“Musk is finally listening to his lawyers. He would be a fool to not at least try to buy the company now and avoid being deposed.”
On its part, Twitter is lamenting the powerful drop in its image and consequently in its stock price, precisely because of Musk’s withdrawal of the bid and from allegations aimed at flaws in internal control and its security.
Musk had enthusiastically signed on to the possibility of becoming the owner of the social network that he uses daily to dispense not only news about his activities but also tips and advice to his more than 100 million followers. And he claimed he wanted to make the social network a free and independent place. One of his first actions as owner would be to lift the ban on former President Donald Trump‘s use of Twitter.
In order to comply with this purchase he had also arranged to sell some of his Tesla shares and to finance himself with a pool of banks. His gesture had also been much appreciated by former CEO and founder Jack Dorsey, now committed to his Blockchain company.
Then the sudden U-turn, perhaps also due to second thoughts from a financial point of view for an operation whose economic implications are still to be deciphered, since Twitter is certainly not having a good time from the point of view of revenues.
But Musk is a man made that way, idealistic and always looking for the knockout blow, such as the one operated in recent days regarding the Russian-Ukrainian conflict. In fact, the Tesla founder has proposed his own peace plan that includes the final annexation of Crimea to Russia, a repeat of the referenda, and a neutral Ukraine. A plan that clearly sent Ukrainians into a rage.
– Redo elections of annexed regions under UN supervision. Russia leaves if that is will of the people.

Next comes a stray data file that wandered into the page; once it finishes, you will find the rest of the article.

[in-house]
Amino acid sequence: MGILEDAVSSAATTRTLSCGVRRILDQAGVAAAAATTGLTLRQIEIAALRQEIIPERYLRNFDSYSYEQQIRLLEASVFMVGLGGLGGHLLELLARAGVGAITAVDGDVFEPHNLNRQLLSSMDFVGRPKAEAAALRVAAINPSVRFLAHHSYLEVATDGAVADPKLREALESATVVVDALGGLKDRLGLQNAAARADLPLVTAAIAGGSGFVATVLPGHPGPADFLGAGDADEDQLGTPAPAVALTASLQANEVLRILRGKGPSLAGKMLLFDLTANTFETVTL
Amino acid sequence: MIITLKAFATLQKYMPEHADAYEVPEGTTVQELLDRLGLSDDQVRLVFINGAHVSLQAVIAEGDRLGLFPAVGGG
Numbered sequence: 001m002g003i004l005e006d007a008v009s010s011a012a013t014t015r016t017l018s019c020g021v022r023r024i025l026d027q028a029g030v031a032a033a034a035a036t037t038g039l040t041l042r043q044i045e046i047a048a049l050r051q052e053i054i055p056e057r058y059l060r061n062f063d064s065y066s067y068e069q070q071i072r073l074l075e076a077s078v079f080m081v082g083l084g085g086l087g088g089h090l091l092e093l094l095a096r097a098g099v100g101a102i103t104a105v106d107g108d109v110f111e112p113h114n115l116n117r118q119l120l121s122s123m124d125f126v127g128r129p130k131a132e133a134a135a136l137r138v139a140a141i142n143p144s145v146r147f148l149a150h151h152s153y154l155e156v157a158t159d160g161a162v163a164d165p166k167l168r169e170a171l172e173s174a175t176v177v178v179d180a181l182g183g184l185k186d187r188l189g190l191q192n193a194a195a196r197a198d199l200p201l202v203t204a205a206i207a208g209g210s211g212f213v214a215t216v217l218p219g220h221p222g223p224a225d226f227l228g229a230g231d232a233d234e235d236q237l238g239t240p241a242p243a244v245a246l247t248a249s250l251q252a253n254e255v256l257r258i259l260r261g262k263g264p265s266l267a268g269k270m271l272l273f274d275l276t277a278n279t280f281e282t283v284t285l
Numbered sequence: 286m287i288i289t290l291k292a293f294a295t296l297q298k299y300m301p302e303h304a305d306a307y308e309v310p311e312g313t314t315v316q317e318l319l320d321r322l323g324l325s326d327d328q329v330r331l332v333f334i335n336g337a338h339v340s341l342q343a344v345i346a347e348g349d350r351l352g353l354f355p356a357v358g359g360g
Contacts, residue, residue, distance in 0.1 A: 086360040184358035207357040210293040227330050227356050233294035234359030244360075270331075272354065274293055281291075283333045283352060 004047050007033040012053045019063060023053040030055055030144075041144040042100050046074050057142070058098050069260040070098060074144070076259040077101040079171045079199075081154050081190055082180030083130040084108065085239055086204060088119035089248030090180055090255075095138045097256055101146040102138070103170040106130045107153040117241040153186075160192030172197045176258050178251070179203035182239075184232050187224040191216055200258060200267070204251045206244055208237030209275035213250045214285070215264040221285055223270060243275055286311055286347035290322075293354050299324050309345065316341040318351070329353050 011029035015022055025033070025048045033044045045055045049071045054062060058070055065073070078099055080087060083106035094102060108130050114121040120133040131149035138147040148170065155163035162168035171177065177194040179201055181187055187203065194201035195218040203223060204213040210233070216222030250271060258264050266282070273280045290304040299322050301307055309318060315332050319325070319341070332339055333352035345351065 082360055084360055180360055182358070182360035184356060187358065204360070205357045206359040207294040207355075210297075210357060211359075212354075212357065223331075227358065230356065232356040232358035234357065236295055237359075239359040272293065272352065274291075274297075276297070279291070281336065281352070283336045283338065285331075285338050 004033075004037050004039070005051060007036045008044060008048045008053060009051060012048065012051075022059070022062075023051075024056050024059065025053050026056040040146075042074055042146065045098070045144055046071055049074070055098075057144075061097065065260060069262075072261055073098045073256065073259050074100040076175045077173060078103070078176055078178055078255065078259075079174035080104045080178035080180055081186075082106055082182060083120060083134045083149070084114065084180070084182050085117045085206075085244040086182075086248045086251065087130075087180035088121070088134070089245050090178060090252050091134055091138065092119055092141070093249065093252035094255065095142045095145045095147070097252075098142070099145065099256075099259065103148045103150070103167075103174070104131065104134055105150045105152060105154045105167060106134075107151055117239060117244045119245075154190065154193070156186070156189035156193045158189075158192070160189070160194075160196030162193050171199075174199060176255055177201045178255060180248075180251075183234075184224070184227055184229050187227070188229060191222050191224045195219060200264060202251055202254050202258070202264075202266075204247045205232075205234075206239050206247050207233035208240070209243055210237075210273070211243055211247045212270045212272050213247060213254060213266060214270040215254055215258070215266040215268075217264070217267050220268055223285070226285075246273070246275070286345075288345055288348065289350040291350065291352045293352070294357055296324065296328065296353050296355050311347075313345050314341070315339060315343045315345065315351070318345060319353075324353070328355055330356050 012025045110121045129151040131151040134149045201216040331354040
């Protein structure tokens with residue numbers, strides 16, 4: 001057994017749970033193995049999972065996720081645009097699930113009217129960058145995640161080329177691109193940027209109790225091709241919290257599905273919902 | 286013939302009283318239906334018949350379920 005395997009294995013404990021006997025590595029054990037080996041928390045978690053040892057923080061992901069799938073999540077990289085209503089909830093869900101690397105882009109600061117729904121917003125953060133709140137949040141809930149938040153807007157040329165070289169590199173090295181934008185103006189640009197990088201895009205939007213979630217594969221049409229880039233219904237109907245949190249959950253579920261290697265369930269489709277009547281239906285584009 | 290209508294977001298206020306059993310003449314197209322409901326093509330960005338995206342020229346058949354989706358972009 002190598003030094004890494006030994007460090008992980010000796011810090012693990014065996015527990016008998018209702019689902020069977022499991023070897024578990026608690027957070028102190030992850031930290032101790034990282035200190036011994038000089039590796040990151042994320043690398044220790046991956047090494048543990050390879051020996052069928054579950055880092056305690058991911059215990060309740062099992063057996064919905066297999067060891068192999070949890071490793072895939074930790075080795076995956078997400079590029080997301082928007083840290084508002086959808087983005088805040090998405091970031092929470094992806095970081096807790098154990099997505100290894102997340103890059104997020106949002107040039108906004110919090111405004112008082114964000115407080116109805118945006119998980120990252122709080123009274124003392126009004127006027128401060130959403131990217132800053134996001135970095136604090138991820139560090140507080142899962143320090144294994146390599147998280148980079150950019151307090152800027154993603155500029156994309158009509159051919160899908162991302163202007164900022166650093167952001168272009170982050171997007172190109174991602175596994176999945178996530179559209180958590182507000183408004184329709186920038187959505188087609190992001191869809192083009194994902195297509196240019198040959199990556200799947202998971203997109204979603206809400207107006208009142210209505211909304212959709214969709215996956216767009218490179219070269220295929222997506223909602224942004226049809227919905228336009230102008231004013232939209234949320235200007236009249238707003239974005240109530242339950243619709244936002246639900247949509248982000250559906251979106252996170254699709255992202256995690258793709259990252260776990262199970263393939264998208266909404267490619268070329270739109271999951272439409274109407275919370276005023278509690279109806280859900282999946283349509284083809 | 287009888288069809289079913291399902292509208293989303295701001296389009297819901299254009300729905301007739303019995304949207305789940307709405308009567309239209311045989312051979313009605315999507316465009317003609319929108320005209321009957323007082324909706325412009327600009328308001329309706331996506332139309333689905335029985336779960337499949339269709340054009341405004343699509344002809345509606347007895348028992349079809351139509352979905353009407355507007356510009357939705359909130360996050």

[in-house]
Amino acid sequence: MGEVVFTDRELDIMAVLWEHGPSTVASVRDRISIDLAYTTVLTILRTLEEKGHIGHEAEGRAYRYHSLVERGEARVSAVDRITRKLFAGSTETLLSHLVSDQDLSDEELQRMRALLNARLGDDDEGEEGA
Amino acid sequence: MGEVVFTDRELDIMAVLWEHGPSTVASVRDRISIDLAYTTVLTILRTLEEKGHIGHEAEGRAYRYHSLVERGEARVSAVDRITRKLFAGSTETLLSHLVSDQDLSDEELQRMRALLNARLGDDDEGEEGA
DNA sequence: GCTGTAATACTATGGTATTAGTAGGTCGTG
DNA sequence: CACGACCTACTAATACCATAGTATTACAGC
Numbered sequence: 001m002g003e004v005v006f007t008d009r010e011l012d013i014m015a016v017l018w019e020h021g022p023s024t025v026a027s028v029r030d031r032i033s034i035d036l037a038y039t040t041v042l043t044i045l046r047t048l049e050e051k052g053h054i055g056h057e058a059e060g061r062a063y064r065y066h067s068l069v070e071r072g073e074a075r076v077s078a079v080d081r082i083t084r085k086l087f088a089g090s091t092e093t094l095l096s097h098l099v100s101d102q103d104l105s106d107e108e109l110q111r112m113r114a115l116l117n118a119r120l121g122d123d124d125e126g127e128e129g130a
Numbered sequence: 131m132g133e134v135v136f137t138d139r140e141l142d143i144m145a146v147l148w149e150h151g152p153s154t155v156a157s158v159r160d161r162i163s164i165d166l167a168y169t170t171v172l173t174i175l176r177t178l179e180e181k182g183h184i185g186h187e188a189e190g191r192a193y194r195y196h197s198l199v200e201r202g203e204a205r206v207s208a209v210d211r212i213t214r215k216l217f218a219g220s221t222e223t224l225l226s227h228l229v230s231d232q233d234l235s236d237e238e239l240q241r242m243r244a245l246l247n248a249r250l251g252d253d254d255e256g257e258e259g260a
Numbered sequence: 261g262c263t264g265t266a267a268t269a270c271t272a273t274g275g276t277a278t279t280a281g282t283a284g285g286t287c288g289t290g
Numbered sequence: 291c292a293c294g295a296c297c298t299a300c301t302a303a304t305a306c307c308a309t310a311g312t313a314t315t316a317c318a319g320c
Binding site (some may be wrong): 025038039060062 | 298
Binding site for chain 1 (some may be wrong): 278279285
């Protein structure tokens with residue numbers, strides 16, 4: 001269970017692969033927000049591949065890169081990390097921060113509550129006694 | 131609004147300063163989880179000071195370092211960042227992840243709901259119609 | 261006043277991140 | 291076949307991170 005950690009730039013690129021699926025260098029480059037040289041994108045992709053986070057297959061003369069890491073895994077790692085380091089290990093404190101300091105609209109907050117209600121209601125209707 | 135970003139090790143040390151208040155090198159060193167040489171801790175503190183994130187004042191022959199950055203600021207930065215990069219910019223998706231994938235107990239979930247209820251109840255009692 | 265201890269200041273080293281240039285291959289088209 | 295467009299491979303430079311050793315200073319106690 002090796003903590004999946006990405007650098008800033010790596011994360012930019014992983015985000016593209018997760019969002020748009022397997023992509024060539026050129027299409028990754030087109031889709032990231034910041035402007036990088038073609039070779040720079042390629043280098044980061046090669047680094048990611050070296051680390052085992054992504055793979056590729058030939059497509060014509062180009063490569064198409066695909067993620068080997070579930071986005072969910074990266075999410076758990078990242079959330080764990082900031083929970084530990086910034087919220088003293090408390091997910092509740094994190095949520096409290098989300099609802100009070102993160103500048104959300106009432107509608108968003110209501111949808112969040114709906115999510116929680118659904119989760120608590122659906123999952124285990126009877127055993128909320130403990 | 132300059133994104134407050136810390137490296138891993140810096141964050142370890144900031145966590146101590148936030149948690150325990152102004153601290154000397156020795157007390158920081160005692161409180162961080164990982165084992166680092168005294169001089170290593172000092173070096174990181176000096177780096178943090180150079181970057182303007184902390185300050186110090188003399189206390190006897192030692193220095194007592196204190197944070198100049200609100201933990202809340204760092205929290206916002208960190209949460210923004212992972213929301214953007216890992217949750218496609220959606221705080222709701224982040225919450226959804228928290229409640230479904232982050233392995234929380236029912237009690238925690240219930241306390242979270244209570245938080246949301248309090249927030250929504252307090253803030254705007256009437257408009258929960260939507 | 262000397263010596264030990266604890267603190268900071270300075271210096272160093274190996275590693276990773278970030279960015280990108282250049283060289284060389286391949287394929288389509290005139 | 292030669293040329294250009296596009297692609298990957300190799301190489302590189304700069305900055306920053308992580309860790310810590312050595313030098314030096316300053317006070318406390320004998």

– Crimea formally part of Russia, as it has been since 1783 (until Khrushchev’s mistake).
– Water supply to Crimea assured.
– Ukraine remains neutral.
— Elon Musk (@elonmusk) October 3, 2022
What is puzzling to some experts is that after all this commotion, Elon Musk failed to wring even the slightest discount from the initial offer, which had indeed seemed a bit excessive, considering the stock market values and economic performance of Twitter.
Evidently, the near certainty of losing the lawsuit convinced Musk to make the same offer again to close the deal without going to trial.
As Twitter prepares to accept the takeover offer again, which the board had already approved in April, it is also thinking about how to guard against any new headshots from the whimsical Musk.
Twitter could, for example, go to trial to get a favorable ruling that could require Musk to put the entire purchase price into an escrow account before the deal itself closes.
It will be seen how the affair will end, but what is certain is that once again Elon Musk has not failed to live up to the expectations of his many admirers, who also love him for his often impromptu and surprising, and almost never trivial, ways.
Elon Musk and crypto
Small note: with $44 billion, Elon Musk instead of Twitter could have bought as many as 2.1 million Bitcoins.